Legislative Audit Committee February 2022
Legislative Auditor Angus Maciver, left, and committee chair Denise Hayman, right, at the Legislative Audit Committee meeting on Feb. 8, 2022.

HELENA — State lawmakers on Tuesday tried to understand how child protection investigations, family court involvement and parental drug use may have contributed to a 115% increase in the number of minors in state foster care between 2010 and 2019. As of 2019, the most recent year for which statistics are available, 16 out of 1,000 Montana kids were in state care, the second-highest rate in the country.

“We were trying to kind of follow as many threads as we could,” Legislative Audit Division staff member Jeremy Verhasselt told lawmakers. “There are many factors at play.”

The audit division, overseen by the Legislative Audit Committee, reported in December that the number of kids in state care began notably increasing a few years after the Department of Public Health and Human Services began implementing the Safety Assessment and Management System, or SAMS, a method for investigating reports of child abuse and neglect by evaluating safety risks within a child’s holistic living environment, rather than a single incident.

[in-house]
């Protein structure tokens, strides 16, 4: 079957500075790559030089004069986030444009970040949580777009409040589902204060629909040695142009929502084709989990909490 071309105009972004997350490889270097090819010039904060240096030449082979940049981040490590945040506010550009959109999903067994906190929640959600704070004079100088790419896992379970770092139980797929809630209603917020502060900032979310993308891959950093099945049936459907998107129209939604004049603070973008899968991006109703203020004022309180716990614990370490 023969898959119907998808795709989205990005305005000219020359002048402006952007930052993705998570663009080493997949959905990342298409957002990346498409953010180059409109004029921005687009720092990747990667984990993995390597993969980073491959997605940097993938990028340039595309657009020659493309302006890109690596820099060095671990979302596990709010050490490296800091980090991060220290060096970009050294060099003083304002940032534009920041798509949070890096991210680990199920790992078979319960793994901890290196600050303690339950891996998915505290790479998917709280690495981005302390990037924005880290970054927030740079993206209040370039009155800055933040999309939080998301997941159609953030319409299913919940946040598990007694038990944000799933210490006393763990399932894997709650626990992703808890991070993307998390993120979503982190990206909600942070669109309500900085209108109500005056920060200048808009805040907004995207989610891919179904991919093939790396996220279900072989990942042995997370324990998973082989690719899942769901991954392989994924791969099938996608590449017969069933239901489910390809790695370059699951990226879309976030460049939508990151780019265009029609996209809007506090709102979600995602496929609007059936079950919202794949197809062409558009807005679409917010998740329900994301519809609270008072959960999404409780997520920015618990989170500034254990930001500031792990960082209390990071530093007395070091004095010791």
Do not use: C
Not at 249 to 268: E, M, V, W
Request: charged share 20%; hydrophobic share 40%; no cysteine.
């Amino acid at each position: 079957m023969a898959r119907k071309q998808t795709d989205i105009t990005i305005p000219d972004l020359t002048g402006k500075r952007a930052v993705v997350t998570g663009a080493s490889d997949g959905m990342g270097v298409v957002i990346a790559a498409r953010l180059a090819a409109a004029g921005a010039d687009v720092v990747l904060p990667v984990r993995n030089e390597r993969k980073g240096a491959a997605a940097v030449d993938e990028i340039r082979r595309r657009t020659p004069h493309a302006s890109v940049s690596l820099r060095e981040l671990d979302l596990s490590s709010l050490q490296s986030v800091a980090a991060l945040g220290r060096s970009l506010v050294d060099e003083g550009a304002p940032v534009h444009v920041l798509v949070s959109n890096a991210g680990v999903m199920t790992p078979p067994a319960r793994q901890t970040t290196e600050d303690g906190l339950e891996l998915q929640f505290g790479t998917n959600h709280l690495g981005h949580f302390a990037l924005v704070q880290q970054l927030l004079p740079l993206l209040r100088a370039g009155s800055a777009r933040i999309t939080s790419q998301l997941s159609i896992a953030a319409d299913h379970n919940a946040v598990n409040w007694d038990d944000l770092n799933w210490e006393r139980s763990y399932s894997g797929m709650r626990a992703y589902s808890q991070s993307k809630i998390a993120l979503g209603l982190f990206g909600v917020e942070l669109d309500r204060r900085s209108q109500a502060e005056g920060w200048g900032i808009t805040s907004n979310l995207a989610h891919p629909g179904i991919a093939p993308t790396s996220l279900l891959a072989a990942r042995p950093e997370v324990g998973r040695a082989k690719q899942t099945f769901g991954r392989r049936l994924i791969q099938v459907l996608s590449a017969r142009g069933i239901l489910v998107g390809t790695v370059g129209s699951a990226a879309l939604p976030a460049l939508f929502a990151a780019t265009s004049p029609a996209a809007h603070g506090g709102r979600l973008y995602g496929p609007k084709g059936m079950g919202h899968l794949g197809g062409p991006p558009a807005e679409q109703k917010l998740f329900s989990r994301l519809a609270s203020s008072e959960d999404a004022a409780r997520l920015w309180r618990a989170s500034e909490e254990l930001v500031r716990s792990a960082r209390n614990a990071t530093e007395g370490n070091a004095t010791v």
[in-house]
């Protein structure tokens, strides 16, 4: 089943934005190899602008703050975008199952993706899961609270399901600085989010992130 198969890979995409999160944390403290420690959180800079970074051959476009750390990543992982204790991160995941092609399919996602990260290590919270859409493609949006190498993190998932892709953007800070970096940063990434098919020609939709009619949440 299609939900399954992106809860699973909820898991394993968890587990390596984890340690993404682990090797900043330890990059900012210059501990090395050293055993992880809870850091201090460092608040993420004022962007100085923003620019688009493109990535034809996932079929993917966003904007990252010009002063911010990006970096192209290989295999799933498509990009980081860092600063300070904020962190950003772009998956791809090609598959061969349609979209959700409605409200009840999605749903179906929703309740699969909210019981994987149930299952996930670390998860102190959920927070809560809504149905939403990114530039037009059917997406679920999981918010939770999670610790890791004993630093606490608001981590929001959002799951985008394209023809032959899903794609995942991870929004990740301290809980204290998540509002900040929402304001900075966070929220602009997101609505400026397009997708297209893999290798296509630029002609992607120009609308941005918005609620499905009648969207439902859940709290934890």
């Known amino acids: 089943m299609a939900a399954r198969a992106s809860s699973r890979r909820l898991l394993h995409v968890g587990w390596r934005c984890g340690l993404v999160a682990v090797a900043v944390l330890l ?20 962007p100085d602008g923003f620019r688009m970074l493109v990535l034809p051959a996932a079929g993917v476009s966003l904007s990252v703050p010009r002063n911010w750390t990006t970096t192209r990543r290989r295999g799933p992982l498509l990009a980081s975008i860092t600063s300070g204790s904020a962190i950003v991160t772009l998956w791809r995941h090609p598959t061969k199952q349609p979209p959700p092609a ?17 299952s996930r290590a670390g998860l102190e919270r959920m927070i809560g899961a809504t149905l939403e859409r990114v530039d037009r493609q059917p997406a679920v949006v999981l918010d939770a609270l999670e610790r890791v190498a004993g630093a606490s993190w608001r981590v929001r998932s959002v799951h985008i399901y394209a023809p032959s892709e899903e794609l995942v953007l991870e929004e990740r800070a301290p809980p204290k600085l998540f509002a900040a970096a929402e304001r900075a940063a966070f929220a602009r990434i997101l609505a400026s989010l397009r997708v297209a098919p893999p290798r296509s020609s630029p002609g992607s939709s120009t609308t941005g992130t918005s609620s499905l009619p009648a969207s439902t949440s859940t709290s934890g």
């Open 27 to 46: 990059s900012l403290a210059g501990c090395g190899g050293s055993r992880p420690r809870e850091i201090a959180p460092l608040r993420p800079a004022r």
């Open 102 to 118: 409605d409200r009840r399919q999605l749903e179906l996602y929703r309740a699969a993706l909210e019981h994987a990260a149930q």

But in 2014 the state discontinued its contract with Action for Child Protection, the company that created SAMS, leading to inconsistencies with implementation, the report found. Elements of the model that Montana put in place without the company’s help, auditors said, had to do with “changed focus contact with families” and “mitigating safety issues in the home.” The period of significant caseload growth coincided with the state’s decision to stop working with Action for Child Protection. The number of children under state care peaked at more than 4,000 in 2018.

DPHHS officials agreed with the audit’s recommendations to update SAMS program documentation and provide regional administrators with better training on the model. They did not say whether the department intends to renew its contract with Action for Child Protection. 

Lawmakers, auditors and department officials acknowledged the delicate balance between deciding to remove a child from an unsafe living situation and employing in-home safety plans or preventative services to keep children safely in their homes.

“We’re going to have to approach all of these factors, not just one single thing.”

State Sen. Tom Jacobson, D-Great Falls

Since the audit division’s collection of 2019 data, health department staff said, DPHHS has worked to clarify its investigation procedures and train child protective workers to document, evaluate and pursue abuse and neglect cases. The head of the Child and Family Services Division, which handles child protection cases, said there are more plans to shore up the process in the months ahead, including reviving a committee that was originally established when the state first began using the SAMS model.

We will be reinstating our safety committee to help review the SAMS model and to ensure all elements are appropriate and aligned with best practices,” said Nikki Grossberg, acting administrator for CFSD. “The safety committee will conduct regular reviews of cases to help measure fidelity to the model moving forward.”